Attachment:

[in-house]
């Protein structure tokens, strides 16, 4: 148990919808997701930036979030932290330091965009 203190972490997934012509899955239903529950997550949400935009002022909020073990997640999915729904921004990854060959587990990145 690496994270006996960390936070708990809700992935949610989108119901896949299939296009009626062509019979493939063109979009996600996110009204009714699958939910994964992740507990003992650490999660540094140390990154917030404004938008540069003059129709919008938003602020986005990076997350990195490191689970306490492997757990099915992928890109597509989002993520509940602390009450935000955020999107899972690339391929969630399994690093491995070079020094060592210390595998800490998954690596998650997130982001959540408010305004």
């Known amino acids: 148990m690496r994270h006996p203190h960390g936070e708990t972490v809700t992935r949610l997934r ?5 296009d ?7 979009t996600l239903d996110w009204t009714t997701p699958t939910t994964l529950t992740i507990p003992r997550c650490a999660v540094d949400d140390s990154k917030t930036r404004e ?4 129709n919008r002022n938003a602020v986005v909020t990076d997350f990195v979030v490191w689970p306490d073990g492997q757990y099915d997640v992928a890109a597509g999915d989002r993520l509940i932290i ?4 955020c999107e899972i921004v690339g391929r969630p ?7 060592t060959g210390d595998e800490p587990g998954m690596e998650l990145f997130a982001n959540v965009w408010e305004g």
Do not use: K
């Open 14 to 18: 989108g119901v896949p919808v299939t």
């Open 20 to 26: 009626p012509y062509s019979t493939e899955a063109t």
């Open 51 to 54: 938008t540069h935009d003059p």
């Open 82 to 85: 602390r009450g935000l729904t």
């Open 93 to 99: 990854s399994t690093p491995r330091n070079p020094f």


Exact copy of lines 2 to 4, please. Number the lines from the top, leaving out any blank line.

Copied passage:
């Protein structure tokens, strides 16, 4: 148990919808997701930036979030932290330091965009 203190972490997934012509899955239903529950997550949400935009002022909020073990997640999915729904921004990854060959587990990145 690496994270006996960390936070708990809700992935949610989108119901896949299939296009009626062509019979493939063109979009996600996110009204009714699958939910994964992740507990003992650490999660540094140390990154917030404004938008540069003059129709919008938003602020986005990076997350990195490191689970306490492997757990099915992928890109597509989002993520509940602390009450935000955020999107899972690339391929969630399994690093491995070079020094060592210390595998800490998954690596998650997130982001959540408010305004």
């Known amino acids: 148990m690496r994270h006996p203190h960390g936070e708990t972490v809700t992935r949610l997934r ?5 296009d ?7 979009t996600l239903d996110w009204t009714t997701p699958t939910t994964l529950t992740i507990p003992r997550c650490a999660v540094d949400d140390s990154k917030t930036r404004e ?4 129709n919008r002022n938003a602020v986005v909020t990076d997350f990195v979030v490191w689970p306490d073990g492997q757990y099915d997640v992928a890109a597509g999915d989002r993520l509940i932290i ?4 955020c999107e899972i921004v690339g391929r969630p ?7 060592t060959g210390d595998e800490p587990g998954m690596e998650l990145f997130a982001n959540v965009w408010e305004g």
Do not use: K